- Do not deduct chairs, desks and filing cabinets because these are capital expenses.
- It is not recommended that you claim depreciation on the percentage of your home used for business purposes as there may be adverse tax implications once you decide to sell your home. If you do not claim depreciation, your complete house may be eligible as your principal residence. This way, any gain realised on the subsequent sale of your home may be tax-free.
- It’s important to keep a well-organised file of all receipts and a record of payments and go over them with your CPA to see if they are eligible deductions for your at home business. Please keep in mind, and it is your principal residence, so you wouldn’t want the CRA to make you lose part of your exemption.
6) Claiming Vehicle Expenses incorrectly
- Driving from home to your office is not considered a business expense.
- If you are deducting vehicle expenses from your business income, keep a log of where you’re driving, as well as your daily mileage.
- As a bare minimum standard, the CRA needs you to provide them with a log for a minimum of 3 months in a year as evidence of business vehicle usage.
Record your odometer readings at the beginning and end of each year
- Mobile apps such as Concur, Expensify and Mileage Expense Log digitise the task and make it even easier.
- Schedule client meetings on the way to an from work so that all of your mileage for that day would be considered for business use thereby increasing business kilometres and saving taxes.
- Keep all automotive receipts to support your deduction.
- If two or more vehicles are used in your business, keep track of business kilometres on each vehicle to maximise your tax deductions.
- Maximise tax savings by using the vehicle with higher operating costs.
After military service, the most patriotic thing you can do as a wealthy person is pay your taxes ~ Mark Cuban
7) Not knowing whether individuals working for you should be categorised as independent contractors or employees of the company.
If you assume, your workforce is contracted, and the Canada Revenue Agency (CRA) decides that it is not, you could be liable for both yours and the employee’s share of CPP and EI and withholding taxes. Moreover, you will be subject to the levy of penalties and interest on the under-remittance of those payments. The key in this regard is to understand the specific regulations and reporting requirements in your area to know when someone can be treated as an independent contractor, and when they must be treated as an employee of the company. For more details read my article :
Employee vs Contractor – Which one are you ? Avoid reclassification and tax penalties by Canada Revenue Agency
8) Failing to have sufficient proof to write-off business expenses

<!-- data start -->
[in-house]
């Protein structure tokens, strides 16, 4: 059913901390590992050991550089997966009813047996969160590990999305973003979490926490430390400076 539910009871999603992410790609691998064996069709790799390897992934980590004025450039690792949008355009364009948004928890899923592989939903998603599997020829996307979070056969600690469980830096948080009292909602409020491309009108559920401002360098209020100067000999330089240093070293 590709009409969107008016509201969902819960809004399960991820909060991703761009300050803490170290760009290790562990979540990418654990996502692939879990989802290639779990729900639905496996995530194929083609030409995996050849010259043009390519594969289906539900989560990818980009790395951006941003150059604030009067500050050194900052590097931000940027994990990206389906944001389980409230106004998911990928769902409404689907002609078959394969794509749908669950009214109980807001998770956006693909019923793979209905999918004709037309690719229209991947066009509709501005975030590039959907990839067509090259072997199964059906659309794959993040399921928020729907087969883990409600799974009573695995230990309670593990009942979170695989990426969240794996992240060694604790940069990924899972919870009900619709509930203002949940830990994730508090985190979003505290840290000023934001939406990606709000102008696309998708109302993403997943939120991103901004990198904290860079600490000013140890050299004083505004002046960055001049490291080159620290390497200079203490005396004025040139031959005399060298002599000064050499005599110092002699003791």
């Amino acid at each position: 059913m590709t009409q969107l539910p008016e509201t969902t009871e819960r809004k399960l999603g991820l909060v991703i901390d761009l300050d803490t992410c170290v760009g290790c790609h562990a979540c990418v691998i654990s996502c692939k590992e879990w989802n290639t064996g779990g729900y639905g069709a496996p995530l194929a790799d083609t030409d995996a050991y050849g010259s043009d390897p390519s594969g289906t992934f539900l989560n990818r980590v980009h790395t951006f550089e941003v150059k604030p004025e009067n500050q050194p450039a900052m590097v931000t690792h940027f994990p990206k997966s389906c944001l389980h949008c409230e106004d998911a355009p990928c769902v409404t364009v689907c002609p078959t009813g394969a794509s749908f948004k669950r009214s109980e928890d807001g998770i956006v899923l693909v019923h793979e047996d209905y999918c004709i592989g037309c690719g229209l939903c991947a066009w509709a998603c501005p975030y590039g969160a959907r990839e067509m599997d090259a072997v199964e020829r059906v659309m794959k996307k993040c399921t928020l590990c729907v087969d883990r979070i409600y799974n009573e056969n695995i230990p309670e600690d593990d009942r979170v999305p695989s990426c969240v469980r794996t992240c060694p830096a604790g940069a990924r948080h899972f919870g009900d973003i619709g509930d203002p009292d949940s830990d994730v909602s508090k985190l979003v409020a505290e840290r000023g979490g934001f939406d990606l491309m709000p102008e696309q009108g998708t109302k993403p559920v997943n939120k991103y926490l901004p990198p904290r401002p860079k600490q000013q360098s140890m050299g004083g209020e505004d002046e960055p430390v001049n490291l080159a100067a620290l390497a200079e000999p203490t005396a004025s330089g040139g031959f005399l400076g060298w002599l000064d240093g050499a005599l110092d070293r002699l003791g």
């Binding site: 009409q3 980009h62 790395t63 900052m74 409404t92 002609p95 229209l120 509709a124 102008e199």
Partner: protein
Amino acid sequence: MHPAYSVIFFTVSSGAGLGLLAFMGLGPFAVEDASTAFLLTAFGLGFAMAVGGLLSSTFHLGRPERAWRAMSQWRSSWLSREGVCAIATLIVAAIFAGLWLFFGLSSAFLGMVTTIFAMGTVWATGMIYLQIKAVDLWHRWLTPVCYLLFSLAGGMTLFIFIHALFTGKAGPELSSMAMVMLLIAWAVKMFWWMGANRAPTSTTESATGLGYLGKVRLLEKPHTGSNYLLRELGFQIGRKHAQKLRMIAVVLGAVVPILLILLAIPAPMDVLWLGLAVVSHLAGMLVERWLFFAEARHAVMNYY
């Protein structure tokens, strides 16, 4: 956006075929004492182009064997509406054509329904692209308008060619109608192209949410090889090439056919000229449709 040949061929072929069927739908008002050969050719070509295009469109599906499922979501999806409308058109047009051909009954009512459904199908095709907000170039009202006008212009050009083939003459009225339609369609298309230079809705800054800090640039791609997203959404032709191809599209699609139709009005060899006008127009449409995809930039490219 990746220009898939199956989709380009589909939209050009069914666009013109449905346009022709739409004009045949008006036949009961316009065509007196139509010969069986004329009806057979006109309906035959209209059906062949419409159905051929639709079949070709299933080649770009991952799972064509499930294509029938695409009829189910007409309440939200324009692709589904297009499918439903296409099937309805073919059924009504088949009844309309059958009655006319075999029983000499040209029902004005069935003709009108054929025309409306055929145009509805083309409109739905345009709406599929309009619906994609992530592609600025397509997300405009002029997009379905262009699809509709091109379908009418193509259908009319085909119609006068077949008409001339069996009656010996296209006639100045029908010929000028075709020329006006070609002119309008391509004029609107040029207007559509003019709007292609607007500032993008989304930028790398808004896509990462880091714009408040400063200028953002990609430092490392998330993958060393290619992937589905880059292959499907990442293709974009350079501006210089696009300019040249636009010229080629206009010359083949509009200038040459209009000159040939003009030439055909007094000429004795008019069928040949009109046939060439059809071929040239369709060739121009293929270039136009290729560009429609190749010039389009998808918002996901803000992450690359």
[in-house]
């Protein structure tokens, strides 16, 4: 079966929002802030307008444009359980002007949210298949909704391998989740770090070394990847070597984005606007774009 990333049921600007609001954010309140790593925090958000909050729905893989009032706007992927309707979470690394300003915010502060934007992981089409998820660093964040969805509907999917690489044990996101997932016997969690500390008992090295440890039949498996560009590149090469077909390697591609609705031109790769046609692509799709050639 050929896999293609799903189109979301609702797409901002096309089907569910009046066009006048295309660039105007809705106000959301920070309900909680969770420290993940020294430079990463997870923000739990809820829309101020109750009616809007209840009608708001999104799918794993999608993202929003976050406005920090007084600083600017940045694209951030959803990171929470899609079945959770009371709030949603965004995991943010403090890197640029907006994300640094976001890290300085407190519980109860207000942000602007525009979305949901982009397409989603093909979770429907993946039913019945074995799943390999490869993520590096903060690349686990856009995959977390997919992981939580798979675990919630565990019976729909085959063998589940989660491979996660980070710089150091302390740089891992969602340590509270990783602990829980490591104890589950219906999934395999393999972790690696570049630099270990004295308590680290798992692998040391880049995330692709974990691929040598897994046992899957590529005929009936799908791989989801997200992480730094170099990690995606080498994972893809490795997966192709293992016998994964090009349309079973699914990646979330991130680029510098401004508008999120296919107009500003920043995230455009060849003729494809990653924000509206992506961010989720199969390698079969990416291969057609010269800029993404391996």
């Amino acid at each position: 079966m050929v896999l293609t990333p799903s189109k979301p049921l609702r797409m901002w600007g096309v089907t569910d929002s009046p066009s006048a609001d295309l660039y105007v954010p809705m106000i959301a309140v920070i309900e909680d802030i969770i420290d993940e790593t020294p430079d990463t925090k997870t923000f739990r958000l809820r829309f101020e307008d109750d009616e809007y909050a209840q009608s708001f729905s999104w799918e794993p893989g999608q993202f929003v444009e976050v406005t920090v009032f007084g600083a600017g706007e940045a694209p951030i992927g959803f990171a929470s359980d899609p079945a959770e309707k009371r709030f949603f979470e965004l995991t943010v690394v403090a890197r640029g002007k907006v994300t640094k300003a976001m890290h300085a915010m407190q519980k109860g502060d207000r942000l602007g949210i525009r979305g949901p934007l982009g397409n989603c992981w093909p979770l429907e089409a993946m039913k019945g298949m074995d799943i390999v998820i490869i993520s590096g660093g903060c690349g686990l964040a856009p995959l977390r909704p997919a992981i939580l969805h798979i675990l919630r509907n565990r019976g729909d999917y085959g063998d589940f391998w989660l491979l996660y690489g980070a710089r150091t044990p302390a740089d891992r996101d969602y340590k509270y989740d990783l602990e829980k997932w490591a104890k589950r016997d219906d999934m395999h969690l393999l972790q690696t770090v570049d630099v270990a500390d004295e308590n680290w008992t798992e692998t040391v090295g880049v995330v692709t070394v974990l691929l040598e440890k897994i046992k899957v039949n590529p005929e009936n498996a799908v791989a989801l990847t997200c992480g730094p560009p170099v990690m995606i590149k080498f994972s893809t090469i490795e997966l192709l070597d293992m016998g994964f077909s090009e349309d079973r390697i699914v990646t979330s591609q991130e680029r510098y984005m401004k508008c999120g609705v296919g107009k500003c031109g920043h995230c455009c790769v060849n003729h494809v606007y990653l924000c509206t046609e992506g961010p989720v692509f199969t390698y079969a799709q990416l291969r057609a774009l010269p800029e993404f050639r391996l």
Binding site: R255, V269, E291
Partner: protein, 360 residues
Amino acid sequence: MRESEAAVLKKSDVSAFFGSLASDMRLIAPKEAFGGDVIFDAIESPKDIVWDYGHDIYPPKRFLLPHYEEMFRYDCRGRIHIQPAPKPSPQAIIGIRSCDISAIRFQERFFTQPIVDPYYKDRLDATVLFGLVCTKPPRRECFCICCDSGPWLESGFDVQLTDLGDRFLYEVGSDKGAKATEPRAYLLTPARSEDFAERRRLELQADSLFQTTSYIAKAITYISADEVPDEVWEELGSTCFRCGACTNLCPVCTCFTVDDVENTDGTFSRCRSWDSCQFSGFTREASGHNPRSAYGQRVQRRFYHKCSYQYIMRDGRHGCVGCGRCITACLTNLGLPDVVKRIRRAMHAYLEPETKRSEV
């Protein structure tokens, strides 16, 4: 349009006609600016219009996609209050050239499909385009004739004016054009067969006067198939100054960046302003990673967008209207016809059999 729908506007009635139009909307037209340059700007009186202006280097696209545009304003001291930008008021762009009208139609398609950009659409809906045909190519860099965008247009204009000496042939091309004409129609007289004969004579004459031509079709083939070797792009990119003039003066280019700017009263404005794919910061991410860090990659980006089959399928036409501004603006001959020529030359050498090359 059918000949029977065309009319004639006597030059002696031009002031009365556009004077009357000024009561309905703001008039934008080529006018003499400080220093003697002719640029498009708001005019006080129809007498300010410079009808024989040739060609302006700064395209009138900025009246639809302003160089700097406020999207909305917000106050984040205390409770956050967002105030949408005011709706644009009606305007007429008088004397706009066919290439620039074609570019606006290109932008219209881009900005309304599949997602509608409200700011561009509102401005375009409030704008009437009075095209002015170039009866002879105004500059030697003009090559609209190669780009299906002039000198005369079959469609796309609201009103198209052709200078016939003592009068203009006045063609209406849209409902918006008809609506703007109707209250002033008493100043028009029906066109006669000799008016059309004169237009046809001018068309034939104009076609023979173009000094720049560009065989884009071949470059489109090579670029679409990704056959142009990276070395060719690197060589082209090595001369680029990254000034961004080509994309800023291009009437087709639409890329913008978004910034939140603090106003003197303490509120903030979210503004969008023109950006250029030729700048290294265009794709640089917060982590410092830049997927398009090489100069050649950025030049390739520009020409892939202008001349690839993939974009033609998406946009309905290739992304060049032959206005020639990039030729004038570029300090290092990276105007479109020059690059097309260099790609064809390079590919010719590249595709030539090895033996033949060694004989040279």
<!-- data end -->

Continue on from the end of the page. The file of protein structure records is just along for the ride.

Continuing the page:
If you are a business owner, the CRA will let you claim reasonable business expenses which include costs incurred to earn business expenses such as interest paid on business loans and bonds; business fees, memberships or subscriptions; payroll and benefits; accounting, legal and other professional services; and telephone lines and utilities. You can claim 50 per cent of meal and entertainment expenses (includes gift certificates to restaurants or places of entertainment) incurred to expand your business or for travelling for work. However, you can use these business expenses only if you can track and record these expenses on a timely basis. You must be able to prove to the CRA that these expenses were necessary for your business.
If you are like most small business owners, you might not like to spend the time to record your business transactions as you might feel it distracts you from what makes you money, i.e. your business.
The most overlooked opportunity to save taxes is keeping adequate business records.
Record keeping doesn’t have to consume your time; you can outsource this function to your CPA and submit expenses through free cloud accounting smartphone apps such as QBO, which help make it easy to record expenses as they occur. Watch this to see how Tom benefited from cloud accounting by CPAs.
Always remember that accurate records can help you prove your case to Canada Revenue Agency.
If you are curious about the decision to outsource to a CPA , please read the undermentioned article :
Should you hire an Accountant or dabble with Accounting and Taxes yourself ?
9)Improper classification of Capital vs Expense items
One of the most critical distinctions in tax, one that can result in significant tax savings if you get it right, is the distinction between a capital item and an expense item.
If you make a mistake in this area and treat something as a capital expenditure instead of as an expense, you may find it will take five, ten, twenty years to fully deduct the cost of that purchase. On the other hand, being too aggressive and deducting capital expenditures as an expense could open you to scrutiny from CRA. Finding the balance between capital and expense can be difficult, but the tax savings make it worthwhile to gain some knowledge on how to distinguish between these.
The primary rule is whether or not the expenditure provides a lasting benefit to the business over many years, if the answer is yes, this points towards the classification as capital, e.g. purchase of furniture offers an advantage to the company over many years; hence the outflow of money is capitalised. The secondary rule is whether or not the expenditure is considered maintenance or improvement, e.g. replacing the roof to bring the building back to its original condition is an expense whereas replacing the old roof with a new, better quality, more durable roof would be seen as an improvement and be treated as capital expenditure. There are other additional rules to determine expensing vs capitalization, but are beyond the scope of this article. If you are still curious, consult with your CPA to gain a deeper understanding.
Tax issues present an ever-changing, ongoing challenge to small businesses, particularly start-ups. They require consistent, competent attention and compliance. Avoid making the most common business tax mistakes by finding a CPA to help you set up and maintain everything related to taxes. With proper tax planning, reporting and paying, you can rest assured that your business will be in excellent shape in the event the tax authorities raise any questions.